As her tongue entered my mouth and tasted vomit, I thought ahead four months to September. Clint Magnum wreaking havoc in the accounting departments of this nation's finest companies. The thought got me up for the task at hand.
After a few ticks of the clock, I sidled out of the open-air cubicle and into the arms of my friends. "We're staying in Winnipeg!" I exclaimed, with all the heart of a man headed for reconstructive bowel surgery. The grimaces on their faces told the story, and it made their words all the more beautiful.
"We're right behind you, Clint," they said, shaking their heads in unison.
* * * *
"There's gonna be hell to pay--GST excluded!" I screamed at the audit team. My twelve-inch fist shook the conference room table, triggering a group pants-wetting.
After a summer of dynamite fishing and recreational sandblasting, Vanya, Spud, and I had begun work at Twinkle &; Winkle. September 4, sharp.
I was briefing my androgynous staff on the upcoming audit. Vanya and Spud had their own audit teams, and their own audits. I was given the dregs--relatives of partners and their mistresses, and summer students earning a few extra bucks for partying through their last year of Arts. The team didn't share my enthusiasm.
"Who's bringing the donuts?" Halsey asked, as a recently chewed Rip-L-Chip particle cannonaded out of his mouth and onto my tie. To say Halsey had an eating problem was to give the Elephant Man some Clearasil and call it problem solved.
I adjusted my hip and shoulder calculator holsters and steeled myself for the inevitable argument.
"It's your turn, Malvin," Lizzie remarked. As she spoke, her breath hit me and spun me around. I came up gagging.
"I think not! I brought the taco chips and Barry Manilow CD's last night, remember?" Malvin's voice broke more times than a British heavyweight's jaw.
"That's right," Gerdle chimed in. "And I brought the Cocoa Puffs and Pizza Pops for breakfast this morning." Gerdle was wearing a dress that hadn't seen the light of day since Man walked on all fours, and a hairdo straight out of an Annette Funicello flick.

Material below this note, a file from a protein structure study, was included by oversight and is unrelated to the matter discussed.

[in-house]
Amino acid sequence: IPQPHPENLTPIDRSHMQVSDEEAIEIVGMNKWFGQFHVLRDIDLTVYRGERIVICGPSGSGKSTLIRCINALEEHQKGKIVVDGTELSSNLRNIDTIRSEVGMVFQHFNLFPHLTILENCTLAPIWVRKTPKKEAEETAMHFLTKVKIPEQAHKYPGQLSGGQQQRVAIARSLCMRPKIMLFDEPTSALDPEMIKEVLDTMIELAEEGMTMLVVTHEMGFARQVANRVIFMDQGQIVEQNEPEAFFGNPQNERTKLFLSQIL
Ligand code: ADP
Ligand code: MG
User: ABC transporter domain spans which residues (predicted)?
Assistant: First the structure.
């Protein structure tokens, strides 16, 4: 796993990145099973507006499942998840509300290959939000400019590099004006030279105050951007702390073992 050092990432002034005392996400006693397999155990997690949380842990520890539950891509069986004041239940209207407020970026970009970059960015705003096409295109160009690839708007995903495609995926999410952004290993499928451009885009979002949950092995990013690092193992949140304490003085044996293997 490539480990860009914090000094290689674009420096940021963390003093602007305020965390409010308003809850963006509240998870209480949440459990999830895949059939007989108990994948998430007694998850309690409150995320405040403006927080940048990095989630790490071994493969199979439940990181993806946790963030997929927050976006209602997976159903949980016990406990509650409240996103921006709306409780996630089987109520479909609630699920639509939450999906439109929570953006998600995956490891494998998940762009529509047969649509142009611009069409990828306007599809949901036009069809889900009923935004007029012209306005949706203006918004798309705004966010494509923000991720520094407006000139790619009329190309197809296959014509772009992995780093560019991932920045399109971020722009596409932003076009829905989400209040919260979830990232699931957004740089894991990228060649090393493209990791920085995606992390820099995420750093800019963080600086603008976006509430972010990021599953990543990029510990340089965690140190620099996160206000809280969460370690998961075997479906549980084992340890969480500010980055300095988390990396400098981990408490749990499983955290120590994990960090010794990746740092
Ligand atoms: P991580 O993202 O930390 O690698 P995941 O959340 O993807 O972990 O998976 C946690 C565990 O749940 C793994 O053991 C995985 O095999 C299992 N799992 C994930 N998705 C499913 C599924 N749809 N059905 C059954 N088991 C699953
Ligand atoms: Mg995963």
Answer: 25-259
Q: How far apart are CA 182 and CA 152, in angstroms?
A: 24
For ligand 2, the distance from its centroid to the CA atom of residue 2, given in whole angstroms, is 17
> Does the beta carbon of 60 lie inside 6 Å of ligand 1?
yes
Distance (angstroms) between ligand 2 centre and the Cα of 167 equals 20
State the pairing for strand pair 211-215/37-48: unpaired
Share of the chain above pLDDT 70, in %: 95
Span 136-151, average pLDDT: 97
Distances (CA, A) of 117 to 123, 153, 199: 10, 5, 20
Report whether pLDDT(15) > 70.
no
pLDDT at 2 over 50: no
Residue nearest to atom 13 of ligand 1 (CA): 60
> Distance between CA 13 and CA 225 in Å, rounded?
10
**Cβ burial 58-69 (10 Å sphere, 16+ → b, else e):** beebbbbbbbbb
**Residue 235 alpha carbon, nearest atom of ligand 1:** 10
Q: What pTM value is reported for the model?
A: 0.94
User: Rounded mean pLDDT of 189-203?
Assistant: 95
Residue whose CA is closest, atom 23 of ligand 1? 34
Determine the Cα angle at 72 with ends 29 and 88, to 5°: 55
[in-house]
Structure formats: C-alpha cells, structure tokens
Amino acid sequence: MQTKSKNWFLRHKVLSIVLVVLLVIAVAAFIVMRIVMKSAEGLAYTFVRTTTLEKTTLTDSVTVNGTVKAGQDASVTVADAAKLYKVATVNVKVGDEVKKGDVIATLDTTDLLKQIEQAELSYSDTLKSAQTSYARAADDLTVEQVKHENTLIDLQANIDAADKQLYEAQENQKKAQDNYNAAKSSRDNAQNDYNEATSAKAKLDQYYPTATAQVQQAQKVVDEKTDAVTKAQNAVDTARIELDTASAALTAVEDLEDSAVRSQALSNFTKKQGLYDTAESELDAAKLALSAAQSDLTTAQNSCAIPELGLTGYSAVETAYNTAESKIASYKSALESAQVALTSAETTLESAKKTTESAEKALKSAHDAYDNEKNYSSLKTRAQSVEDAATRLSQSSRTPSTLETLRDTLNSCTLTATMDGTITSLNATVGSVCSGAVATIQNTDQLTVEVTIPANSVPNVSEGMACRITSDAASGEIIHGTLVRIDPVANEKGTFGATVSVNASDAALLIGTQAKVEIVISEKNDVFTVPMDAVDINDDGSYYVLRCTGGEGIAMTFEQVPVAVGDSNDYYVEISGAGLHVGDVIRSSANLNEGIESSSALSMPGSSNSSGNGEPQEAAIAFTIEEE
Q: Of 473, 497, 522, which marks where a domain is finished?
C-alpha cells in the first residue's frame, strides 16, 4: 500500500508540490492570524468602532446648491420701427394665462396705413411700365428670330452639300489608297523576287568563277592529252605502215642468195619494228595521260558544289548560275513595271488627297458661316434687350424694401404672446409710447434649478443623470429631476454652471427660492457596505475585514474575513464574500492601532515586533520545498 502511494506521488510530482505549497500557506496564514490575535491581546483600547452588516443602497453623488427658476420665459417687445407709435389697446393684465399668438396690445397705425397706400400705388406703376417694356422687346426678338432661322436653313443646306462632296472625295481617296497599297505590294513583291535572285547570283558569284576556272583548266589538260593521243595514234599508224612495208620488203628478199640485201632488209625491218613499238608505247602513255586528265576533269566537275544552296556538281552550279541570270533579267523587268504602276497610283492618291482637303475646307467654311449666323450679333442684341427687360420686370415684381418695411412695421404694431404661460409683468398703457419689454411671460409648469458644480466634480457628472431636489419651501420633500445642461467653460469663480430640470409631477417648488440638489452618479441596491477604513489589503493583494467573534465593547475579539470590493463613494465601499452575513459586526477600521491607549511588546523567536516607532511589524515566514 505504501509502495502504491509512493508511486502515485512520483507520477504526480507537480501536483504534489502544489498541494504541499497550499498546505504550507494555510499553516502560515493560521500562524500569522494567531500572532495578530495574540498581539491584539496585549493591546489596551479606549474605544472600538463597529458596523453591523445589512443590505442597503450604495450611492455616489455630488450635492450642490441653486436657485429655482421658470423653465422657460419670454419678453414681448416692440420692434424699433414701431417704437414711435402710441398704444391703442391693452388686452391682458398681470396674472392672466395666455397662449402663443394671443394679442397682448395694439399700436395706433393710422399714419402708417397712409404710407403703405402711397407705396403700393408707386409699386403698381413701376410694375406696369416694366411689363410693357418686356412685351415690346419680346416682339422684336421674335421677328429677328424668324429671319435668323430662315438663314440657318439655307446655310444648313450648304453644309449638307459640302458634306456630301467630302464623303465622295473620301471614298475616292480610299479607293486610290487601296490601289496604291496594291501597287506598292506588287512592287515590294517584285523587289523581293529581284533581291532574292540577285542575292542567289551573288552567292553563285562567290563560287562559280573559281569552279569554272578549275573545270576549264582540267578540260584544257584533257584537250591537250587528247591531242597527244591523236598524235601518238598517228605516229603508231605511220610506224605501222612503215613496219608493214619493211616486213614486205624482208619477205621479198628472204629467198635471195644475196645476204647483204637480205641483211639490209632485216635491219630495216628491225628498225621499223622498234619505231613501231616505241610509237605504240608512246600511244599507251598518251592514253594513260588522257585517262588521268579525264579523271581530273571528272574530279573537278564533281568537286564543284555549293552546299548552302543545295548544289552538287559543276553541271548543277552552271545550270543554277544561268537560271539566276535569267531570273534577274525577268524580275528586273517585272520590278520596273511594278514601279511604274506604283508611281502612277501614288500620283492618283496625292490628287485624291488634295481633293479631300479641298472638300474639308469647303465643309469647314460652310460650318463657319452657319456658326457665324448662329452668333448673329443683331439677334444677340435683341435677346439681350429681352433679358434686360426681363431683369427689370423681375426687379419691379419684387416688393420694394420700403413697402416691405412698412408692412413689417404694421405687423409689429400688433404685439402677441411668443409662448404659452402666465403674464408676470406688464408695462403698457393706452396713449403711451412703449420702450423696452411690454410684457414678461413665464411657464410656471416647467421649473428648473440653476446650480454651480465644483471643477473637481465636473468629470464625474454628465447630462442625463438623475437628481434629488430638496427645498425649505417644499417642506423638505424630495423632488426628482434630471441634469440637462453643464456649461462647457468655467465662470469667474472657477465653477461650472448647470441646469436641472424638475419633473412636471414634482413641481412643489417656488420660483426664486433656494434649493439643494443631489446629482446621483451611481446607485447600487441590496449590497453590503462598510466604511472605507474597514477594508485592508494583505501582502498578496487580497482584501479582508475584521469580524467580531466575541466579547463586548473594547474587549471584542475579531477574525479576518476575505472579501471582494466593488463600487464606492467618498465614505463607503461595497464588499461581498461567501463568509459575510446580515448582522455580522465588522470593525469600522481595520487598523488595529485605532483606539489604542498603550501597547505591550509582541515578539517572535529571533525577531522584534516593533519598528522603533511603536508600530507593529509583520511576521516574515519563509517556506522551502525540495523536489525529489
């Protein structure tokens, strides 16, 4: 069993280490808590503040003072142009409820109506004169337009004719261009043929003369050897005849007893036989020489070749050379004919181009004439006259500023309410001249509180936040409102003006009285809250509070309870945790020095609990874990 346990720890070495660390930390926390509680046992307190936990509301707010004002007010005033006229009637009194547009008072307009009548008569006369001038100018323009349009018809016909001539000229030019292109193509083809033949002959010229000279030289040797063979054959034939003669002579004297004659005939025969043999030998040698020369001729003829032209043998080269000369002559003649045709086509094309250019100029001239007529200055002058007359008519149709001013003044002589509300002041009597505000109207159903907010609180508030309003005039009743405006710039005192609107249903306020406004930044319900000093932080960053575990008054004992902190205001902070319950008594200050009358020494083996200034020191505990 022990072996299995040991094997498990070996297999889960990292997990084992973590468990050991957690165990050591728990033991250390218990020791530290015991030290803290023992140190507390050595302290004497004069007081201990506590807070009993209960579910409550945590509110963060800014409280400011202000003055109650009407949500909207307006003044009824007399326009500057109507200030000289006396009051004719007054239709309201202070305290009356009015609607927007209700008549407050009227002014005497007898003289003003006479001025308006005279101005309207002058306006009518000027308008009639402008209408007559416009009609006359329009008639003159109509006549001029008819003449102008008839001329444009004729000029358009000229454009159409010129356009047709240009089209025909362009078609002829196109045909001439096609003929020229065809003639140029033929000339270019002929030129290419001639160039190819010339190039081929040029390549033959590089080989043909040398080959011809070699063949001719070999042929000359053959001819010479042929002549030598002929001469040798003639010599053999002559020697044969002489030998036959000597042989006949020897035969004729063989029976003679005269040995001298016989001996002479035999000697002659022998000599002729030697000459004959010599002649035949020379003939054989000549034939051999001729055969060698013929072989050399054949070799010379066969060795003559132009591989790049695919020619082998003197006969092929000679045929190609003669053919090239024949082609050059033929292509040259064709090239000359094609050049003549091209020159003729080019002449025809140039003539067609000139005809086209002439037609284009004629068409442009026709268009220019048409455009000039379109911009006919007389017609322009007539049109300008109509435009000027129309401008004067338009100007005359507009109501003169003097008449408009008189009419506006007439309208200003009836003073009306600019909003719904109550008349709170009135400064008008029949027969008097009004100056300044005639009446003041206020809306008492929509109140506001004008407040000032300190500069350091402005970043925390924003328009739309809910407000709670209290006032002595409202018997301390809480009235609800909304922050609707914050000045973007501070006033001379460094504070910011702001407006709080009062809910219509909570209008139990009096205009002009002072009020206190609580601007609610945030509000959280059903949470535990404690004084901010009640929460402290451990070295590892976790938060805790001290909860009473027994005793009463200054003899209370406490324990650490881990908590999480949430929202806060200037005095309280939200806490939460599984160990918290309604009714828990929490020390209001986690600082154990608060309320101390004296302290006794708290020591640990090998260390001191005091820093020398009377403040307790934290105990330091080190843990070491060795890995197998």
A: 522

They were young and dumb, but they were mine. To mold into mine own image. To sweat into a lean, mean, bean-counting team. I raked my fingernails over my washboard abs to get their sound-bite attention. "Does everyone have their section assignments and budgeted hours?" I barked like a trained seal.
They nodded in unison.
"Good! I don't want an overbudget situation on my first job. Any questions?"
"Yeah," Halsey whined. "How come you're the senior on this audit when you've only been here one day?"
"I guess, Halsey," I responded, "that's because on the leadership and personality section of the psychological test we all took, I'm the only guy who scored positive. In the history of the firm. Any other stupid questions?"
"Yeah, I've got one," Malvin stated. "Who's doing the deferred taxes section on this audit?"
I could tell that Malvin had at least the right side of his brain working--he could be trouble. The last thing I needed on an interim audit budgeted for thirty-five hours, including can time, was a lot of questions about why we counted this, why we cut the fingers off her, etc., etc. "Figgy in the tax department will be doing that section."
"I thought he was in jail for tax evasion?"
"Figgy got fax."
Just then Mr. Twinkle oozed into the room. His thousand-dollar silver suit blasted my eyes, his toupee made my insides ache with undigested laughter.
Tinman spoke. "Everybody ready for the Roadhog Trucking Company interim audit tomorrow?"
"Yes, Mr. Twinkle," they responded, with all the enthusiasm of a group of lemmings at a cliff diving competition.
"Yes, daddy," Gerdle chimed, like my death knell.
"Excellent. Our continuing good relations with Roadhog management is contiguous on a clean audit, so any errors under, say one hundred million dollars, just keep to yourself. Anything over one hundred million, bring directly to me in the shredding room."
"Yes, sir!" they roared.
"On a lighter note, I hope everyone has paid their entrance fee to the Partners in the Park Picnic this Saturday. Don't forget to pack a lunch. Anyhoo, keep up the good work, and you treat these people right, Flint. Remember, they're our greatest asset ... next to our liability insurance, of course."
"Thank you, sir," I responded. "You're an inspiration to weenies everywhere."